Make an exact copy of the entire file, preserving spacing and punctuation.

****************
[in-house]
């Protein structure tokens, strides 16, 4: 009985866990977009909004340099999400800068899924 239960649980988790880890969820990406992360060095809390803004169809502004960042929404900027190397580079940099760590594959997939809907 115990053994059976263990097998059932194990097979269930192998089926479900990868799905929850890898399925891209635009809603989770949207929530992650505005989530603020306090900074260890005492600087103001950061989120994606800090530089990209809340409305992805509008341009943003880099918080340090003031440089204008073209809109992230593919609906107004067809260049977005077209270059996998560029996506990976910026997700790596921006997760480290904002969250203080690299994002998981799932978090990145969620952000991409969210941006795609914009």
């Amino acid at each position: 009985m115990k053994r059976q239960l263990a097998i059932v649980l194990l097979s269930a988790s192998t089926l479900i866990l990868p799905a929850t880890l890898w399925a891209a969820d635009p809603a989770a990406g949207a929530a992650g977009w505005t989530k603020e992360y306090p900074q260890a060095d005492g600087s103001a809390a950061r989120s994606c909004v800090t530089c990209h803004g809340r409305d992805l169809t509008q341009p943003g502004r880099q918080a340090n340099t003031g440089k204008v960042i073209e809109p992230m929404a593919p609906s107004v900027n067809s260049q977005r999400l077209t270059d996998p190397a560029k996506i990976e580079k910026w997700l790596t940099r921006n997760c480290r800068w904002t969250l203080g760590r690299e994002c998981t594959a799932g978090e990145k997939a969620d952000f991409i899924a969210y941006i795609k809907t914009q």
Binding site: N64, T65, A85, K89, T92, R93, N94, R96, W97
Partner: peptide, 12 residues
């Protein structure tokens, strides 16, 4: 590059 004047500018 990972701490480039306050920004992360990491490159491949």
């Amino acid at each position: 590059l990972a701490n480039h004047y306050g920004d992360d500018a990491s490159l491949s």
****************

[in-house]
């Protein structure tokens, strides 16, 4: 009985866990977009909004340099999400800068899924 239960649980988790880890969820990406992360060095809390803004169809502004960042929404900027190397580079940099760590594959997939809907 115990053994059976263990097998059932194990097979269930192998089926479900990868799905929850890898399925891209635009809603989770949207929530992650505005989530603020306090900074260890005492600087103001950061989120994606800090530089990209809340409305992805509008341009943003880099918080340090003031440089204008073209809109992230593919609906107004067809260049977005077209270059996998560029996506990976910026997700790596921006997760480290904002969250203080690299994002998981799932978090990145969620952000991409969210941006795609914009």
């Amino acid at each position: 009985m115990k053994r059976q239960l263990a097998i059932v649980l194990l097979s269930a988790s192998t089926l479900i866990l990868p799905a929850t880890l890898w399925a891209a969820d635009p809603a989770a990406g949207a929530a992650g977009w505005t989530k603020e992360y306090p900074q260890a060095d005492g600087s103001a809390a950061r989120s994606c909004v800090t530089c990209h803004g809340r409305d992805l169809t509008q341009p943003g502004r880099q918080a340090n340099t003031g440089k204008v960042i073209e809109p992230m929404a593919p609906s107004v900027n067809s260049q977005r999400l077209t270059d996998p190397a560029k996506i990976e580079k910026w997700l790596t940099r921006n997760c480290r800068w904002t969250l203080g760590r690299e994002c998981t594959a799932g978090e990145k997939a969620d952000f991409i899924a969210y941006i795609k809907t914009q």
Binding site: N64, T65, A85, K89, T92, R93, N94, R96, W97
Partner: peptide, 12 residues
């Protein structure tokens, strides 16, 4: 590059 004047500018 990972701490480039306050920004992360990491490159491949």
């Amino acid at each position: 590059l990972a701490n480039h004047y306050g920004d992360d500018a990491s490159l491949s």